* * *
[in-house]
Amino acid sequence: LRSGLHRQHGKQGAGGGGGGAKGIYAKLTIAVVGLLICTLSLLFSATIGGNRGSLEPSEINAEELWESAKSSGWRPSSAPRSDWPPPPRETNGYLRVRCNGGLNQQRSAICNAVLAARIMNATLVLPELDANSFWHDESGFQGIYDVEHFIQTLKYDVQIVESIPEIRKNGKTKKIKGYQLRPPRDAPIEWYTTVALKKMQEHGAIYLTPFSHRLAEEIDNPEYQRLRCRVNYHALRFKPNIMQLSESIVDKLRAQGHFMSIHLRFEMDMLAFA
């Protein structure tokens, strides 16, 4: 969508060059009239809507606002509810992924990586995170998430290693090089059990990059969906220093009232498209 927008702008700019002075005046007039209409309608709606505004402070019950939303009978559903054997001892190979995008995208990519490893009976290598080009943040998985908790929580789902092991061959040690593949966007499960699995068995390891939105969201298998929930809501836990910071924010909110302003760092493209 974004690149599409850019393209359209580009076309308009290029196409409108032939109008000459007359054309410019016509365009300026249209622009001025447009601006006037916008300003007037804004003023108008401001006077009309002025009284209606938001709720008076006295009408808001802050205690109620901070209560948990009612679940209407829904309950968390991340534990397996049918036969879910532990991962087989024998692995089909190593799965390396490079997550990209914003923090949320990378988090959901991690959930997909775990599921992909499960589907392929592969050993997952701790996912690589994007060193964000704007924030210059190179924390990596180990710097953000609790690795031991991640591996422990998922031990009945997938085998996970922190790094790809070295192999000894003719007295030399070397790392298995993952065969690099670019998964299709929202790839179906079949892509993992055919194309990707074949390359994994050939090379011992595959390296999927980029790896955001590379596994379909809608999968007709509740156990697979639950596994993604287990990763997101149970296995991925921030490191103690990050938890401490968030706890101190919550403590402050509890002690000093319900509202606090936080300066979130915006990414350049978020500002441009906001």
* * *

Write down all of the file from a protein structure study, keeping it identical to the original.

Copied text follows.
[in-house]
Amino acid sequence: LRSGLHRQHGKQGAGGGGGGAKGIYAKLTIAVVGLLICTLSLLFSATIGGNRGSLEPSEINAEELWESAKSSGWRPSSAPRSDWPPPPRETNGYLRVRCNGGLNQQRSAICNAVLAARIMNATLVLPELDANSFWHDESGFQGIYDVEHFIQTLKYDVQIVESIPEIRKNGKTKKIKGYQLRPPRDAPIEWYTTVALKKMQEHGAIYLTPFSHRLAEEIDNPEYQRLRCRVNYHALRFKPNIMQLSESIVDKLRAQGHFMSIHLRFEMDMLAFA
């Protein structure tokens, strides 16, 4: 969508060059009239809507606002509810992924990586995170998430290693090089059990990059969906220093009232498209 927008702008700019002075005046007039209409309608709606505004402070019950939303009978559903054997001892190979995008995208990519490893009976290598080009943040998985908790929580789902092991061959040690593949966007499960699995068995390891939105969201298998929930809501836990910071924010909110302003760092493209 974004690149599409850019393209359209580009076309308009290029196409409108032939109008000459007359054309410019016509365009300026249209622009001025447009601006006037916008300003007037804004003023108008401001006077009309002025009284209606938001709720008076006295009408808001802050205690109620901070209560948990009612679940209407829904309950968390991340534990397996049918036969879910532990991962087989024998692995089909190593799965390396490079997550990209914003923090949320990378988090959901991690959930997909775990599921992909499960589907392929592969050993997952701790996912690589994007060193964000704007924030210059190179924390990596180990710097953000609790690795031991991640591996422990998922031990009945997938085998996970922190790094790809070295192999000894003719007295030399070397790392298995993952065969690099670019998964299709929202790839179906079949892509993992055919194309990707074949390359994994050939090379011992595959390296999927980029790896955001590379596994379909809608999968007709509740156990697979639950596994993604287990990763997101149970296995991925921030490191103690990050938890401490968030706890101190919550403590402050509890002690000093319900509202606090936080300066979130915006990414350049978020500002441009906001």